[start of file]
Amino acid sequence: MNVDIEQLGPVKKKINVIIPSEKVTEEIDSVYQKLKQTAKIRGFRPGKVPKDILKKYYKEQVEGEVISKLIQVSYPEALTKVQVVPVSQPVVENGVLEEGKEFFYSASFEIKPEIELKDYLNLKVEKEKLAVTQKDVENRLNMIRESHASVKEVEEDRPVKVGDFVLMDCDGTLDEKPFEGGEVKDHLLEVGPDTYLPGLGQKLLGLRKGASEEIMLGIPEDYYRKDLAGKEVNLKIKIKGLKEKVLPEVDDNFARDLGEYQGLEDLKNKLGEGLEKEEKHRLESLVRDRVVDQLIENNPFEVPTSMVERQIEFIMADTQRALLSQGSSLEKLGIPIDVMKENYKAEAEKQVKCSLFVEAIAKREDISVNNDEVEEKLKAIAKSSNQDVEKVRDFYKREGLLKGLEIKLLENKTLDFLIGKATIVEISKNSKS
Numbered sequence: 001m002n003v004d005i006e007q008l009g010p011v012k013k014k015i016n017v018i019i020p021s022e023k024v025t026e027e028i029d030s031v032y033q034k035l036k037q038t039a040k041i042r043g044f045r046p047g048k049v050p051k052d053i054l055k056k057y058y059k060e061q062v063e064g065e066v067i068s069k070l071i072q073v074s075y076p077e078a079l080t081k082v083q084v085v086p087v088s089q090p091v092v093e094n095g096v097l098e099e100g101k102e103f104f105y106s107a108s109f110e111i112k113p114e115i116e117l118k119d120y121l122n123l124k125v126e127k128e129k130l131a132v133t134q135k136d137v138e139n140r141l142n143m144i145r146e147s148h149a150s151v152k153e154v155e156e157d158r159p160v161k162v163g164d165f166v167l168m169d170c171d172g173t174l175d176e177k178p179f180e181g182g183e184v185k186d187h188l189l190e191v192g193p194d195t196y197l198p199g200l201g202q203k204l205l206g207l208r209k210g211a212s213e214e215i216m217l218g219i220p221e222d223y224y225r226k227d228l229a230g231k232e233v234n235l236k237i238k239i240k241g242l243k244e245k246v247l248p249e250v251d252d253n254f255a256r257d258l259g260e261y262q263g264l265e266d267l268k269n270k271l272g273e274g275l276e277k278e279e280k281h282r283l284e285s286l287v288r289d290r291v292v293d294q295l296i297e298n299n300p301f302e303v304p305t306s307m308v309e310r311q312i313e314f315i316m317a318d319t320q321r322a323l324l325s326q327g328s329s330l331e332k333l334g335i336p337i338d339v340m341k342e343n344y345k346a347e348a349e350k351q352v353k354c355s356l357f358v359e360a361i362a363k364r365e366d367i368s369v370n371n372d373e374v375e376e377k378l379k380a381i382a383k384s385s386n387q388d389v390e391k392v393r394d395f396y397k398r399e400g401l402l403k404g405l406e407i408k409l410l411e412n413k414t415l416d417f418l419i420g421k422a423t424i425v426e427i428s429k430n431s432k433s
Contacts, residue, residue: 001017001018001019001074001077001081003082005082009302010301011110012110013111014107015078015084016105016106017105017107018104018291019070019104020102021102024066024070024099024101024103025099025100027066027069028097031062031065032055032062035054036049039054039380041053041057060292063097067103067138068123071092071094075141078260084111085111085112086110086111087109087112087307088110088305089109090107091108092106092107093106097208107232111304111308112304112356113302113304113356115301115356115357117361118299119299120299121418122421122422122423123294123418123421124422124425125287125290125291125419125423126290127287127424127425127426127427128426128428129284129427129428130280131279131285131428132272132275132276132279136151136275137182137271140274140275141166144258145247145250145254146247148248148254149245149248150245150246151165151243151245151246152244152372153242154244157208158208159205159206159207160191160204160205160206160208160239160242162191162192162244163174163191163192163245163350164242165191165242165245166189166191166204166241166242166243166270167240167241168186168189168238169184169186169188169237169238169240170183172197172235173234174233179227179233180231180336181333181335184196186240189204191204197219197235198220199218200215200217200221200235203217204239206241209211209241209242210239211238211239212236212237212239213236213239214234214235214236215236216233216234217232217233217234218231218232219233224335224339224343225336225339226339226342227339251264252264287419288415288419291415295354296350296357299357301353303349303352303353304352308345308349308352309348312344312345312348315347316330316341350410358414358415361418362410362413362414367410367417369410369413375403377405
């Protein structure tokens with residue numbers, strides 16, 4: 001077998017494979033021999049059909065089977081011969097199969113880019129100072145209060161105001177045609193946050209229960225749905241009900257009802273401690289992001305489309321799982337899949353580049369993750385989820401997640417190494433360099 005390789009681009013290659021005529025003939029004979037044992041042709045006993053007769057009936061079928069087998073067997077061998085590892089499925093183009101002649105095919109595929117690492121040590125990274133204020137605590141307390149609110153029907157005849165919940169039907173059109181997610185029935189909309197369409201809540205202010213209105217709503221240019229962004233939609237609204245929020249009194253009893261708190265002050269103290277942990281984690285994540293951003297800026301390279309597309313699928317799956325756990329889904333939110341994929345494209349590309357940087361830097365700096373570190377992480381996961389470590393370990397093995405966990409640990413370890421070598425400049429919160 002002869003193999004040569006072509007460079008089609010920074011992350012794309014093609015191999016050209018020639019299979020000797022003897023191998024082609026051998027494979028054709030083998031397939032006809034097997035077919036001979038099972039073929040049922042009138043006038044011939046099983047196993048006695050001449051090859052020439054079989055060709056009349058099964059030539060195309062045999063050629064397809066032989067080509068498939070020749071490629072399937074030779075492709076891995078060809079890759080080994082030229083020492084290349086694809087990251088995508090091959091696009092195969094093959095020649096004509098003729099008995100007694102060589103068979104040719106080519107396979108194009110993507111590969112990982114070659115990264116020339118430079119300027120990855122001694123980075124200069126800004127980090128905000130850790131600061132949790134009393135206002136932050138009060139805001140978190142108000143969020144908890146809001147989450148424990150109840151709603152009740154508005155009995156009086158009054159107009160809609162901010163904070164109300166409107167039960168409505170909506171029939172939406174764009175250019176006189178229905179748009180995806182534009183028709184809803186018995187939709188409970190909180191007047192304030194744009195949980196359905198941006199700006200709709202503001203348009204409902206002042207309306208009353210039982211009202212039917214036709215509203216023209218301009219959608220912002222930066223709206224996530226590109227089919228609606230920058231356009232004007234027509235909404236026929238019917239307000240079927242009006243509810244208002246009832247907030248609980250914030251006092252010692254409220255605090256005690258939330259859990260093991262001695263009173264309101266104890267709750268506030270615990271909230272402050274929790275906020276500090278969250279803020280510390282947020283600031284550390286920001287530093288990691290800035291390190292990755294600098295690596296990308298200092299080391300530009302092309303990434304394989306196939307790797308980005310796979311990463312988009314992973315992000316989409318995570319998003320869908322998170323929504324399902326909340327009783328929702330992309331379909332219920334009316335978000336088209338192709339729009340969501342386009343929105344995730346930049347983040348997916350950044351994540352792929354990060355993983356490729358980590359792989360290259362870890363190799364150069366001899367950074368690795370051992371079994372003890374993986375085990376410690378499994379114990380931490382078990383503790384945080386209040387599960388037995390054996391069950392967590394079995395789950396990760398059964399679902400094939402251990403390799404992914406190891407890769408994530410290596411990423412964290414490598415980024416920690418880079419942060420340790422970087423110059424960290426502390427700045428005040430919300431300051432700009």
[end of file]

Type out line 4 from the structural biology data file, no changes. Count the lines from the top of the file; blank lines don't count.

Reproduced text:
């Protein structure tokens with residue numbers, strides 16, 4: 001077998017494979033021999049059909065089977081011969097199969113880019129100072145209060161105001177045609193946050209229960225749905241009900257009802273401690289992001305489309321799982337899949353580049369993750385989820401997640417190494433360099 005390789009681009013290659021005529025003939029004979037044992041042709045006993053007769057009936061079928069087998073067997077061998085590892089499925093183009101002649105095919109595929117690492121040590125990274133204020137605590141307390149609110153029907157005849165919940169039907173059109181997610185029935189909309197369409201809540205202010213209105217709503221240019229962004233939609237609204245929020249009194253009893261708190265002050269103290277942990281984690285994540293951003297800026301390279309597309313699928317799956325756990329889904333939110341994929345494209349590309357940087361830097365700096373570190377992480381996961389470590393370990397093995405966990409640990413370890421070598425400049429919160 002002869003193999004040569006072509007460079008089609010920074011992350012794309014093609015191999016050209018020639019299979020000797022003897023191998024082609026051998027494979028054709030083998031397939032006809034097997035077919036001979038099972039073929040049922042009138043006038044011939046099983047196993048006695050001449051090859052020439054079989055060709056009349058099964059030539060195309062045999063050629064397809066032989067080509068498939070020749071490629072399937074030779075492709076891995078060809079890759080080994082030229083020492084290349086694809087990251088995508090091959091696009092195969094093959095020649096004509098003729099008995100007694102060589103068979104040719106080519107396979108194009110993507111590969112990982114070659115990264116020339118430079119300027120990855122001694123980075124200069126800004127980090128905000130850790131600061132949790134009393135206002136932050138009060139805001140978190142108000143969020144908890146809001147989450148424990150109840151709603152009740154508005155009995156009086158009054159107009160809609162901010163904070164109300166409107167039960168409505170909506171029939172939406174764009175250019176006189178229905179748009180995806182534009183028709184809803186018995187939709188409970190909180191007047192304030194744009195949980196359905198941006199700006200709709202503001203348009204409902206002042207309306208009353210039982211009202212039917214036709215509203216023209218301009219959608220912002222930066223709206224996530226590109227089919228609606230920058231356009232004007234027509235909404236026929238019917239307000240079927242009006243509810244208002246009832247907030248609980250914030251006092252010692254409220255605090256005690258939330259859990260093991262001695263009173264309101266104890267709750268506030270615990271909230272402050274929790275906020276500090278969250279803020280510390282947020283600031284550390286920001287530093288990691290800035291390190292990755294600098295690596296990308298200092299080391300530009302092309303990434304394989306196939307790797308980005310796979311990463312988009314992973315992000316989409318995570319998003320869908322998170323929504324399902326909340327009783328929702330992309331379909332219920334009316335978000336088209338192709339729009340969501342386009343929105344995730346930049347983040348997916350950044351994540352792929354990060355993983356490729358980590359792989360290259362870890363190799364150069366001899367950074368690795370051992371079994372003890374993986375085990376410690378499994379114990380931490382078990383503790384945080386209040387599960388037995390054996391069950392967590394079995395789950396990760398059964399679902400094939402251990403390799404992914406190891407890769408994530410290596411990423412964290414490598415980024416920690418880079419942060420340790422970087423110059424960290426502390427700045428005040430919300431300051432700009």